Today’s Managers, Tomorrow’s Leaders

Developing new managers into great leaders is a top priority for every large company.  Few things are as vital as having novice executives learn to apply key skills and functions consistently throughout an organization. 

However, the process won’t work if the mentors, the long-term managers, never learned those crucial skills in the first place. 

A global transportation company wanted a leadership and management program that could be used in both its domestic and international locations.  The program was going to be geared toward new managers, but the needs analysis uncovered problems that would not just go away with a fresh crop of leaders. 

The managers they already had did not have the necessary skills.  Basically, the company had promoted star people into managerial roles, but they didn’t develop them to let them know how different their jobs would be.  And the new managers didn’t have a clue how to proceed.

The needs assessment revealed the consequences of the company’s error.  Turnover was high, particularly among employees with leadership potential.  Also, the inability to bring out the best in people or to implement innovation stifled the organization.  Lastly, poor planning and ineffective management styles were rampant.

The underlying reasons for the problems included such usual suspects as unclear goals and different behavioral styles among the staff.  However, another root cause was that employees felt a lack of opportunity.  This was especially true with the best workers, who did not appreciate what passed for advancement in the organization.  The opportunities to broaden their horizons were simply not there.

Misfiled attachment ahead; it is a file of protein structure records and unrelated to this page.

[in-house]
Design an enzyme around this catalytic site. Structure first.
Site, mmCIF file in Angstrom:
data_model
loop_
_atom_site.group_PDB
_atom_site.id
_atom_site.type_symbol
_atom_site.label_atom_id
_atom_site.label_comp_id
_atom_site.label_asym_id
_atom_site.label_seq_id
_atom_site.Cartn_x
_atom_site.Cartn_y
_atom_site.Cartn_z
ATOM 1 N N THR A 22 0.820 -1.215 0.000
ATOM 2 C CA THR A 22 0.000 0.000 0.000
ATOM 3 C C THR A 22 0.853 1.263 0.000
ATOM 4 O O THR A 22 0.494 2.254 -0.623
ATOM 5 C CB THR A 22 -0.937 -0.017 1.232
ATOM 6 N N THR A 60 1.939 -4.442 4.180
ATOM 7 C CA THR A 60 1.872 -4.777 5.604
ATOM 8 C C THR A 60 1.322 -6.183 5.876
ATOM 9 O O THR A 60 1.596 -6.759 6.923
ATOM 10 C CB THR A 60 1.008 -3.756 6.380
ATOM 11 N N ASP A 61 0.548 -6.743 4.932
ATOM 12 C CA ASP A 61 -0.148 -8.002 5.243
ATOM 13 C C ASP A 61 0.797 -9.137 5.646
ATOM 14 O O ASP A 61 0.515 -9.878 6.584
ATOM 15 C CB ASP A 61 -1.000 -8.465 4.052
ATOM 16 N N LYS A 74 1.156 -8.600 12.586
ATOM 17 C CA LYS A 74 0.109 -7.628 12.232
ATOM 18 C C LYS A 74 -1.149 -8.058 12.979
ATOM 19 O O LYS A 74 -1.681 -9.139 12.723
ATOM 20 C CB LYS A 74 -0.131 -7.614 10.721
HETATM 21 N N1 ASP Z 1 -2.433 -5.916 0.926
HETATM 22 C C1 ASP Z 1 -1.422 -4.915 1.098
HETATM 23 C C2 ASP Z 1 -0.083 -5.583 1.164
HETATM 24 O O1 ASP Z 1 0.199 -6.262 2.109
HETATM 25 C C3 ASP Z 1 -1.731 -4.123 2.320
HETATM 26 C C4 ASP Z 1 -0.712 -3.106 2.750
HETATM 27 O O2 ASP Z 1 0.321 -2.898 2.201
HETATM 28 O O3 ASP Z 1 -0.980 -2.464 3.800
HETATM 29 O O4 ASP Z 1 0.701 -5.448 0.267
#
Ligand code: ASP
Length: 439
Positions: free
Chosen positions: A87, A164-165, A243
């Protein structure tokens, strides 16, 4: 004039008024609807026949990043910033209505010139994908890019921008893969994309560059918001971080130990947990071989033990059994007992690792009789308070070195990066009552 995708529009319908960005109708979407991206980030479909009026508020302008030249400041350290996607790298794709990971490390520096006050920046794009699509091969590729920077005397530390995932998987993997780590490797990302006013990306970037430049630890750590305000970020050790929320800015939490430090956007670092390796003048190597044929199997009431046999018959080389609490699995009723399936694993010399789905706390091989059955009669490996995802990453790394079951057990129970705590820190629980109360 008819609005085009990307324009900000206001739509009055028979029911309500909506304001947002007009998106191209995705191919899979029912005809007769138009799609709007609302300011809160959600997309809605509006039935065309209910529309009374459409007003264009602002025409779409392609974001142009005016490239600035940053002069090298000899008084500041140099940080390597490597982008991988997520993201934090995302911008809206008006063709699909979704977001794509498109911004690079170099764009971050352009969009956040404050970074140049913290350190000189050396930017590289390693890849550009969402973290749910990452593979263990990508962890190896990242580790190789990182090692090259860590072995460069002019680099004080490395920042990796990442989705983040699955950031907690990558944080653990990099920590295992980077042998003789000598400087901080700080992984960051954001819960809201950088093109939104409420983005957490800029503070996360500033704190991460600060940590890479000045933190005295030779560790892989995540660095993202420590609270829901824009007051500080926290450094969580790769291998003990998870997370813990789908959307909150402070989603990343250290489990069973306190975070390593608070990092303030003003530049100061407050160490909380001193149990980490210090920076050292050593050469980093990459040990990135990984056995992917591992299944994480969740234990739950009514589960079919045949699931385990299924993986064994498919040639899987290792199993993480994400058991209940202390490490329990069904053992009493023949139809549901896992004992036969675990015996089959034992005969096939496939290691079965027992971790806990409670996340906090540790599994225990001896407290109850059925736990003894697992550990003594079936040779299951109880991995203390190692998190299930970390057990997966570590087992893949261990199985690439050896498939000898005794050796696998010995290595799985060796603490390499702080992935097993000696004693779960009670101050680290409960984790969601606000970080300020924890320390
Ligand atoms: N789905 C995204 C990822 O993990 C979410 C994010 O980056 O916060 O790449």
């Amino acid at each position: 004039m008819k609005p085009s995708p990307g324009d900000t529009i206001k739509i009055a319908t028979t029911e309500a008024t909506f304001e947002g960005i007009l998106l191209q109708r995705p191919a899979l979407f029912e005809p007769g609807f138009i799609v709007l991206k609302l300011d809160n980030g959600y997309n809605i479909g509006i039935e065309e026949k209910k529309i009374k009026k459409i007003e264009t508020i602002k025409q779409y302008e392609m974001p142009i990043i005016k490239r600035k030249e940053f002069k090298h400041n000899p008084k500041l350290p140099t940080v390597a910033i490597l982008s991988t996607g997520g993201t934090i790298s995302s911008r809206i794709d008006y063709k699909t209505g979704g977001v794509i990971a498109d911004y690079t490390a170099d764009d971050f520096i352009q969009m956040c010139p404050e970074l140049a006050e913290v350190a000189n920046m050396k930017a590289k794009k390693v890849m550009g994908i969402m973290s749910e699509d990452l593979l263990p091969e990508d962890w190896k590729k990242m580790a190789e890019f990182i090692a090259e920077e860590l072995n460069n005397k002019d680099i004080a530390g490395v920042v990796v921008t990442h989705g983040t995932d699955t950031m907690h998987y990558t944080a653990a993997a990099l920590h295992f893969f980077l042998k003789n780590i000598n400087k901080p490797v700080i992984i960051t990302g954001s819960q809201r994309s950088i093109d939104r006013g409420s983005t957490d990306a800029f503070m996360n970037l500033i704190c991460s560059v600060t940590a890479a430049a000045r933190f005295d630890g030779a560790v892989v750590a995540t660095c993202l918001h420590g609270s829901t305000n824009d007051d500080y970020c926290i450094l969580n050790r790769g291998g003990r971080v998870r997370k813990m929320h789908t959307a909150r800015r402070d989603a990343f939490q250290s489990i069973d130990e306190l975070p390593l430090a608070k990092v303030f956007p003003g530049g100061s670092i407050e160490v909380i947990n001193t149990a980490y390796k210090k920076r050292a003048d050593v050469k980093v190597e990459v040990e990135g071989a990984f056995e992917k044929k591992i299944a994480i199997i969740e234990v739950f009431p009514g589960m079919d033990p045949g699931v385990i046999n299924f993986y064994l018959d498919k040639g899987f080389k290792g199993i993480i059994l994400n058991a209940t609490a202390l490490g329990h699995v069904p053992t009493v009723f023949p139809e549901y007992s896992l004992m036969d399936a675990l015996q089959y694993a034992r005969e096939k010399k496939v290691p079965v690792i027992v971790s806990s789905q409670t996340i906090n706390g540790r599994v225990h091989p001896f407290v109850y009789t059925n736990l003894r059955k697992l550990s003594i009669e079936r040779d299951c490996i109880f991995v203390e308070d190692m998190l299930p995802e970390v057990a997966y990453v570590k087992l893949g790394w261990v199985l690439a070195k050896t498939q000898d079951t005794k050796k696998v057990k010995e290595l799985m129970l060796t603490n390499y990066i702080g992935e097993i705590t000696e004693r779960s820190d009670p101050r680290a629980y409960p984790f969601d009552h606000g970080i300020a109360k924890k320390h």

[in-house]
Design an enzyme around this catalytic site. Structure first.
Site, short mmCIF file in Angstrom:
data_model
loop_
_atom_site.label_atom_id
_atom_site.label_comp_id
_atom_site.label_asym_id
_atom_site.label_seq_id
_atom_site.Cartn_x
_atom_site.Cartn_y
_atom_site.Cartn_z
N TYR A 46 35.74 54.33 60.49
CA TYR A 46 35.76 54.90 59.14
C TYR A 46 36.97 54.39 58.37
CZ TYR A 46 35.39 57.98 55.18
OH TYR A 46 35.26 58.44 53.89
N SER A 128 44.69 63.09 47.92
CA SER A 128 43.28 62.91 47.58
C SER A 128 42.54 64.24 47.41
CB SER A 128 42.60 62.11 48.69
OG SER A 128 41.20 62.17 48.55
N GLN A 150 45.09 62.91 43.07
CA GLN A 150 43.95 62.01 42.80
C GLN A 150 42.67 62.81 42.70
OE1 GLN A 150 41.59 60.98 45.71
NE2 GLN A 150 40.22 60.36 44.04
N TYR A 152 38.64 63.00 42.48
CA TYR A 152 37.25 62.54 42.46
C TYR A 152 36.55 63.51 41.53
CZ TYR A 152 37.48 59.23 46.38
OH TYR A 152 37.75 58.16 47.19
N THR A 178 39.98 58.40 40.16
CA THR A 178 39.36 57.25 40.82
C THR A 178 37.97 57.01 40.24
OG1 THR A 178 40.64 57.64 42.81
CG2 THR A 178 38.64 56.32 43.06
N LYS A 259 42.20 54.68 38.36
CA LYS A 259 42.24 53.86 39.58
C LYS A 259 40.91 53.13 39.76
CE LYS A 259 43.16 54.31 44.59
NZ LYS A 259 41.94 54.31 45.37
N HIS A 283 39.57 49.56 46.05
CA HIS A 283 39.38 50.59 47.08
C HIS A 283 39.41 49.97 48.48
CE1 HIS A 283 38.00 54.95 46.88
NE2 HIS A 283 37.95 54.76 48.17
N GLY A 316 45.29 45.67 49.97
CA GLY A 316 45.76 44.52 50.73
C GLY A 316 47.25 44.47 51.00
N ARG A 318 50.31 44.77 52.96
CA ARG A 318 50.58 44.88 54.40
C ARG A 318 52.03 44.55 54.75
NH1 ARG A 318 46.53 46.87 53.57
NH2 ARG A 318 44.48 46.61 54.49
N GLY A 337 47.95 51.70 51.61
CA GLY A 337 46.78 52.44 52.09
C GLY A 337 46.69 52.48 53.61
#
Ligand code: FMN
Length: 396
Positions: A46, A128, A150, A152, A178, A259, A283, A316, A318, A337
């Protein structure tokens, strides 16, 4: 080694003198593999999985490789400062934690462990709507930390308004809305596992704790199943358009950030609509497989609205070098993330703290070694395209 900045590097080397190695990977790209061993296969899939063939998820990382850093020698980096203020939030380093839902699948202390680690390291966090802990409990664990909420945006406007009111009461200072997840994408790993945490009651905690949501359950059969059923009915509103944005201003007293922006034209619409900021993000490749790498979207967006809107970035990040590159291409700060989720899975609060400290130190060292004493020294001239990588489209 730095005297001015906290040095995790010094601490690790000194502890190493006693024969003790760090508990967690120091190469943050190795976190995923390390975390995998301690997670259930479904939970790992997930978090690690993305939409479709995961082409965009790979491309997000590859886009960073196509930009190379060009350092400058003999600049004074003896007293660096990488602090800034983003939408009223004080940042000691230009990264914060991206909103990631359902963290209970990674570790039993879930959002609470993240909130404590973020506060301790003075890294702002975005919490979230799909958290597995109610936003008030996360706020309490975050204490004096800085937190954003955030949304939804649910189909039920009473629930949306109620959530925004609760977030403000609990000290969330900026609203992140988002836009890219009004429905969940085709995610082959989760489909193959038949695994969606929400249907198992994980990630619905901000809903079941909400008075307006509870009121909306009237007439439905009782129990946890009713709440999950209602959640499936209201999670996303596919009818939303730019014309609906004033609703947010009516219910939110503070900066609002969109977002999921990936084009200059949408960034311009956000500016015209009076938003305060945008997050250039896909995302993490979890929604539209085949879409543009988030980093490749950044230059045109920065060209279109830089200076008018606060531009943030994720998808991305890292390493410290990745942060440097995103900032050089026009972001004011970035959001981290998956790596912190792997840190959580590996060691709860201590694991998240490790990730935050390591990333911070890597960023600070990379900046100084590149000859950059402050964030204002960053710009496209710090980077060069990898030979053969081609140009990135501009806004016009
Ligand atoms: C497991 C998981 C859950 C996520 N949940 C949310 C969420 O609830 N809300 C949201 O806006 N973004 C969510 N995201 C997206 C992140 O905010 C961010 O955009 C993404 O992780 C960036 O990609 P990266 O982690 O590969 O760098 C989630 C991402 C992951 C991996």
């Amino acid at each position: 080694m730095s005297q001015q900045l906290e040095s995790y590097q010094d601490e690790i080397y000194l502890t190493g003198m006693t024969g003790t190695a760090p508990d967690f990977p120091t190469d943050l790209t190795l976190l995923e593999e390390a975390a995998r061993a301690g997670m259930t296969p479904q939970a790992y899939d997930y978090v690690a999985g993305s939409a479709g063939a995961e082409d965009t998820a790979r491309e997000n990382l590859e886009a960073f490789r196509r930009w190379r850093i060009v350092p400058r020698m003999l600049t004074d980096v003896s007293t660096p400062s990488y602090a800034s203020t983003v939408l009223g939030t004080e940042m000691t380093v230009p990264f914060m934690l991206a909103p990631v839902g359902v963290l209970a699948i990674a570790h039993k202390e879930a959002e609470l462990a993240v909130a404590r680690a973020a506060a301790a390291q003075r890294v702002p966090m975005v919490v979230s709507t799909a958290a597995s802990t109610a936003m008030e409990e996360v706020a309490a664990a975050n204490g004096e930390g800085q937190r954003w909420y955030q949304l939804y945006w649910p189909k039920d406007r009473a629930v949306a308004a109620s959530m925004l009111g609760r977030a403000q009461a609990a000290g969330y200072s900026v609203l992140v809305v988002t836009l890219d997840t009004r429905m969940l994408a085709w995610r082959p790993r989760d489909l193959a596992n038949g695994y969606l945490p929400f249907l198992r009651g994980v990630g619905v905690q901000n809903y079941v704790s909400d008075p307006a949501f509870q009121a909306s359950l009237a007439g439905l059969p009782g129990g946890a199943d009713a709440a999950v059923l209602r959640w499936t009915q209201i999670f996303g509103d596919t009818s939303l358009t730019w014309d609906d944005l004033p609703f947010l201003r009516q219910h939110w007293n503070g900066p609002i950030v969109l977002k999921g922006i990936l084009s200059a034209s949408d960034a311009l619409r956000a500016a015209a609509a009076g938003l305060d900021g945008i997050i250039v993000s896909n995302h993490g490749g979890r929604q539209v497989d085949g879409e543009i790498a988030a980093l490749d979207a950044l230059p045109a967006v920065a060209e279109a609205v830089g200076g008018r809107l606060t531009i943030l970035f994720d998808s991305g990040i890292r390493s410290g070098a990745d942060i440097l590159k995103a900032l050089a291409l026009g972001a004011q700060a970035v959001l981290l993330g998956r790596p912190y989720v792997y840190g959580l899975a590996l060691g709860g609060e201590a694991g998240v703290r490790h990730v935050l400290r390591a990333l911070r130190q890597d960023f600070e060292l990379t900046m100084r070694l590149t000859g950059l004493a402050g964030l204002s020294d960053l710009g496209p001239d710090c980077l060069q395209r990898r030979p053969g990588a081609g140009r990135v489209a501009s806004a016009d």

Further complicating the situation, the managers did not know the impact of their own behavior and had made little attempt to understand their peers.  A program had to be developed that resolved these issues while nurturing managers into leadership roles. 

A pilot program was created from interviewing senior leadership within the organization.  Company leaders were asked to identify employees who would be good trial participants.  Also, multiple trainers at different locations would need to lead any successful program in the future.

After going through the pilot program the participants were asked to offer their feedback.  Based on these results the training program’s sections were revised as needed. 

Although the program was designed for new managers, it found that long-term managers enrolled themselves into the pilot group and thrived in the program.  Fortunately, the company’s leaders needed little convincing to subsequently advertise the sessions as open to veterans and new managers alike.  It turned out that about two-thirds of the initial participants were long-term managers, including the director of a division. 

What the participants leaned in Module One was the power of self-knowledge.  The DiSC Classic Profile was administered to the participants and they were also introduced to the DiSC model.  The DiSC Classic Profile’s insights about style, behavior, and motivation would be the basis of the program.  DiSC was going to be integrated into all subsequent sessions so that the participants would know themselves very well before they started to lead others.